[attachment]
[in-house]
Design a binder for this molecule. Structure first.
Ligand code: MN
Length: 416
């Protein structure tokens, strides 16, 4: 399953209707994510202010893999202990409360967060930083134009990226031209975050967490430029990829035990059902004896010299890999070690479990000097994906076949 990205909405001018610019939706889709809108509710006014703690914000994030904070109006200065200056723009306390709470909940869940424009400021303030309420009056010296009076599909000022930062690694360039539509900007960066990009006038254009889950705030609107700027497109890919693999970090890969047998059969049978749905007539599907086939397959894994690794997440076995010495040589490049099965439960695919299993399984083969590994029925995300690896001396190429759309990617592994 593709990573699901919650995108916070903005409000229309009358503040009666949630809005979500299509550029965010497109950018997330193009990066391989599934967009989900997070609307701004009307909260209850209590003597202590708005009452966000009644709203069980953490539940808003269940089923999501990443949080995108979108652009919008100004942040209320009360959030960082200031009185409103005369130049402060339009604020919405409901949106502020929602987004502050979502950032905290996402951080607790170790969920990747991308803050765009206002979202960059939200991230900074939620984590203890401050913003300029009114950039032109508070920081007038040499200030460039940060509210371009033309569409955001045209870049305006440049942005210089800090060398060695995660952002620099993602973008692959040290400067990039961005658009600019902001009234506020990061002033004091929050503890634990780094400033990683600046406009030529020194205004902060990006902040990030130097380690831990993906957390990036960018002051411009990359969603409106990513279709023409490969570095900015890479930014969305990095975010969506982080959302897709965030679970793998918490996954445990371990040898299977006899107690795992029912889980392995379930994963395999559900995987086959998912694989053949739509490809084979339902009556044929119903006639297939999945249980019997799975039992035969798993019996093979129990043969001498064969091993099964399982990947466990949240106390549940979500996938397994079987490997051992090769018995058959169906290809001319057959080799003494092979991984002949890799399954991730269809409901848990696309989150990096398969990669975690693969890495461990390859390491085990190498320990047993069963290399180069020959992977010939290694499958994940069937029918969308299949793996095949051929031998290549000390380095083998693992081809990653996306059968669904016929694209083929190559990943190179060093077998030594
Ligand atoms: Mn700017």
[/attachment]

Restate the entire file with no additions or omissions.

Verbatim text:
[in-house]
Design a binder for this molecule. Structure first.
Ligand code: MN
Length: 416
């Protein structure tokens, strides 16, 4: 399953209707994510202010893999202990409360967060930083134009990226031209975050967490430029990829035990059902004896010299890999070690479990000097994906076949 990205909405001018610019939706889709809108509710006014703690914000994030904070109006200065200056723009306390709470909940869940424009400021303030309420009056010296009076599909000022930062690694360039539509900007960066990009006038254009889950705030609107700027497109890919693999970090890969047998059969049978749905007539599907086939397959894994690794997440076995010495040589490049099965439960695919299993399984083969590994029925995300690896001396190429759309990617592994 593709990573699901919650995108916070903005409000229309009358503040009666949630809005979500299509550029965010497109950018997330193009990066391989599934967009989900997070609307701004009307909260209850209590003597202590708005009452966000009644709203069980953490539940808003269940089923999501990443949080995108979108652009919008100004942040209320009360959030960082200031009185409103005369130049402060339009604020919405409901949106502020929602987004502050979502950032905290996402951080607790170790969920990747991308803050765009206002979202960059939200991230900074939620984590203890401050913003300029009114950039032109508070920081007038040499200030460039940060509210371009033309569409955001045209870049305006440049942005210089800090060398060695995660952002620099993602973008692959040290400067990039961005658009600019902001009234506020990061002033004091929050503890634990780094400033990683600046406009030529020194205004902060990006902040990030130097380690831990993906957390990036960018002051411009990359969603409106990513279709023409490969570095900015890479930014969305990095975010969506982080959302897709965030679970793998918490996954445990371990040898299977006899107690795992029912889980392995379930994963395999559900995987086959998912694989053949739509490809084979339902009556044929119903006639297939999945249980019997799975039992035969798993019996093979129990043969001498064969091993099964399982990947466990949240106390549940979500996938397994079987490997051992090769018995058959169906290809001319057959080799003494092979991984002949890799399954991730269809409901848990696309989150990096398969990669975690693969890495461990390859390491085990190498320990047993069963290399180069020959992977010939290694499958994940069937029918969308299949793996095949051929031998290549000390380095083998693992081809990653996306059968669904016929694209083929190559990943190179060093077998030594
Ligand atoms: Mn700017």